• Prostate cancer has taken the lives of many men across the globe
  • Health experts recommend that one way to fight it off is to have early treatment
  • Know the symptoms so that you may be able to find treatment

According to data made available by the Office for National Statistics, the number of men being killed by prostate cancer in the country has reached more than 12,000 annually. Prostate Cancer UK, a charitable organization that helps to increase awareness of the disease, said this is the first time it has happened. For the health organization, the situation is unacceptable.

The Death Toll

ONS data reveals that prostate cancer is responsible for 12, 031 deaths in 2017. This is the latest available figure, which shows that it increased from 11,637 compared to the previous year. In the year 2014, prostate cancer caused 11,307 deaths.

The likely cause for the increase may have been due to an aging populace. This means more men are being found to be suffering from the disease. Prostate Cancer UK said they view late diagnosis as a major barrier to lowering the number of deaths from the disease.

prostate cancer symptoms
prostate cancer symptoms StockSnap - Pixabay

Symptoms of Prostate Cancer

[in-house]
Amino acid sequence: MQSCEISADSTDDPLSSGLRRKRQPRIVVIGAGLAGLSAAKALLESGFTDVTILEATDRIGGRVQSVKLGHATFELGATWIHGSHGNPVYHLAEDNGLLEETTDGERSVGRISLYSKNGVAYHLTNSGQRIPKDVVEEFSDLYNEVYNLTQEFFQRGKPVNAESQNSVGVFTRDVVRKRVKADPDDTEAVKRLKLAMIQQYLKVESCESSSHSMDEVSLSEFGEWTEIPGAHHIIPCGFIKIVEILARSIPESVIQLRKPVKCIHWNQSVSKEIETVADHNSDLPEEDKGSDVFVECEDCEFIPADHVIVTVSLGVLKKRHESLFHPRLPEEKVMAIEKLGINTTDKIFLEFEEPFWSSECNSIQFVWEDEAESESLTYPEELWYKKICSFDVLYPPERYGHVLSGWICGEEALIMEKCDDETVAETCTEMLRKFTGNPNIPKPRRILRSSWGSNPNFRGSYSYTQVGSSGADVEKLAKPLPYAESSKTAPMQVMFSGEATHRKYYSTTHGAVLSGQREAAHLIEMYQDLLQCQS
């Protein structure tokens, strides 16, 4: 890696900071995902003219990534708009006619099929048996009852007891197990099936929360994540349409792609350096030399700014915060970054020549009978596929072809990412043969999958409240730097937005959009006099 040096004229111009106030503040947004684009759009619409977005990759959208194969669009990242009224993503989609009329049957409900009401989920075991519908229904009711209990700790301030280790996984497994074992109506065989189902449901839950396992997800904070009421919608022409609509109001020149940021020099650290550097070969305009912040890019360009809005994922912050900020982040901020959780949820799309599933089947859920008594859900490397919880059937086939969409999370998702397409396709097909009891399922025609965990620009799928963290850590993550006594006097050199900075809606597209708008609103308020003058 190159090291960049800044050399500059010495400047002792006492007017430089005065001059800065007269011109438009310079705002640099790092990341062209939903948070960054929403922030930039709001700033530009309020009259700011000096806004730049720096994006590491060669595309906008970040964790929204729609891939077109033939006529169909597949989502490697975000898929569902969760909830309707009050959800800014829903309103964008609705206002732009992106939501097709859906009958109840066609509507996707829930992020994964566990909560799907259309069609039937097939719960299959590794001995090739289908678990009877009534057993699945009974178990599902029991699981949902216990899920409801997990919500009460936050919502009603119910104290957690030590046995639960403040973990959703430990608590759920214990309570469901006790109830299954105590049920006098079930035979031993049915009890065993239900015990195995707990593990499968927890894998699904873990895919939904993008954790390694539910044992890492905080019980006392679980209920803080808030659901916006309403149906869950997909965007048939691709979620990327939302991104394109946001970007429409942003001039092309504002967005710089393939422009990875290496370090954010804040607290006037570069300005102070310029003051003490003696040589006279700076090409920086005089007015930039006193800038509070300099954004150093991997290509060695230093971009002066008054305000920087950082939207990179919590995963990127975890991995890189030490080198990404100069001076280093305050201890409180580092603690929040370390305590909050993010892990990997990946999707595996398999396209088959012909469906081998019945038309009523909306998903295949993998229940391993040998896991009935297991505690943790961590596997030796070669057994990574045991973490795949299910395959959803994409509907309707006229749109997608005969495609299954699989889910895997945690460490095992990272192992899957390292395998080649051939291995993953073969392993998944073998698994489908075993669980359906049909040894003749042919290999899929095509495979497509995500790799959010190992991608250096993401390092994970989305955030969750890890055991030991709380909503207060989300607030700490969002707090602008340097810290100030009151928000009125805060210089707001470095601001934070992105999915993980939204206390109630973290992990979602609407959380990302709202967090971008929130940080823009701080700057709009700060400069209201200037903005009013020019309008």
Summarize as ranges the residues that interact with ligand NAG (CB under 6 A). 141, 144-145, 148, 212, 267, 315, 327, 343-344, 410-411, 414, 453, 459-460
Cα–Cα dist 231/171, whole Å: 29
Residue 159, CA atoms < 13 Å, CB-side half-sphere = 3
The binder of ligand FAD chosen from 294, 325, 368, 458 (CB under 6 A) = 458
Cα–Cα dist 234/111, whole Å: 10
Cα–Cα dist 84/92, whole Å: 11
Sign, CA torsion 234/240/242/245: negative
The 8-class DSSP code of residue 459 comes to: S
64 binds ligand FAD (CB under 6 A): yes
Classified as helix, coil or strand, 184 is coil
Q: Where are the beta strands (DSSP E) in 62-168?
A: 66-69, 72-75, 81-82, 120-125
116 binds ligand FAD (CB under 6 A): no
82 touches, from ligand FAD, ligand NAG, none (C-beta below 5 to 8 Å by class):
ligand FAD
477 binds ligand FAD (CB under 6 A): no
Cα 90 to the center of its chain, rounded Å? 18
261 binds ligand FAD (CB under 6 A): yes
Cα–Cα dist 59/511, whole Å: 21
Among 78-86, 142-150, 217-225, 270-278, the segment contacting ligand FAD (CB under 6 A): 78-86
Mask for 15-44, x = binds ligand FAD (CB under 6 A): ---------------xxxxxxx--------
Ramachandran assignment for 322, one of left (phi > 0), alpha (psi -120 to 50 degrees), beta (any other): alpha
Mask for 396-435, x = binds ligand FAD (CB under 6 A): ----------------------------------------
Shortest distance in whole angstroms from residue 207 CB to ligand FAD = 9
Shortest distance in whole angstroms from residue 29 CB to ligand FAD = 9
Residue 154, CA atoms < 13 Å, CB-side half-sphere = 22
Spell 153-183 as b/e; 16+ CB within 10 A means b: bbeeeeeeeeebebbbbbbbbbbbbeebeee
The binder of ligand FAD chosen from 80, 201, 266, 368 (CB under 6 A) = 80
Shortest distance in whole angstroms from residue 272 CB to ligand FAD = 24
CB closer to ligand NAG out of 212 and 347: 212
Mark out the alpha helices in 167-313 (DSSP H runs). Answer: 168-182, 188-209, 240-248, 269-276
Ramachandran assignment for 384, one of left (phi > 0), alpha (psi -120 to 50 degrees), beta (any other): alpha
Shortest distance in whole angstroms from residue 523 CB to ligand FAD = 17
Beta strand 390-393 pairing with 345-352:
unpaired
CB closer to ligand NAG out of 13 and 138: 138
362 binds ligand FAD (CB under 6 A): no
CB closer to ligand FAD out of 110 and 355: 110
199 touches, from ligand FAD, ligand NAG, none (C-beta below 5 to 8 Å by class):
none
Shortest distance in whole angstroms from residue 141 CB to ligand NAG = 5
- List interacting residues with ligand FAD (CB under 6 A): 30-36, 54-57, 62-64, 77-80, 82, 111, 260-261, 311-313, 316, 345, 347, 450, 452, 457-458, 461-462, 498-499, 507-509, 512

The National Health Service said symptoms of prostate cancer include the urgent need to urinate more often than necessary, particularly during nighttime and the urge to rush to the toilet. Finding it a bit difficult to urinate is another symptom of prostate cancer, and so is taking a long time or straining while urinating.

Other symptoms of prostate cancer include having a weak flow, the feeling that you have not emptied your bladder fully, and finding blood in your urine or blood in semen. Unfortunately, many prostate cancer types do not have any symptoms, especially if the cancer is located within the prostate. The prostate is a tiny gland the size of a walnut sitting below your bladder.

When cancer is located within the prostate, it is referred to as localized prostate cancer. It is also sometimes referred to as early prostate cancer. This means that the cancer is gradually growing. It is only when cancer speeds up its growth or is found to be spreading that symptoms usually occur.

When cancer has grown large enough, it may push against the urethra. This is the tube where urine passes through your body. When this happens, you will start experiencing a host of urinary problems.

Yet all of these may go unnoticed at the outset with symptoms so mild that you can hardly feel them at all. Over time, urinary troubles will start to manifest. The important thing is when you start feeling some of the symptoms, you immediately seek the advice of a doctor.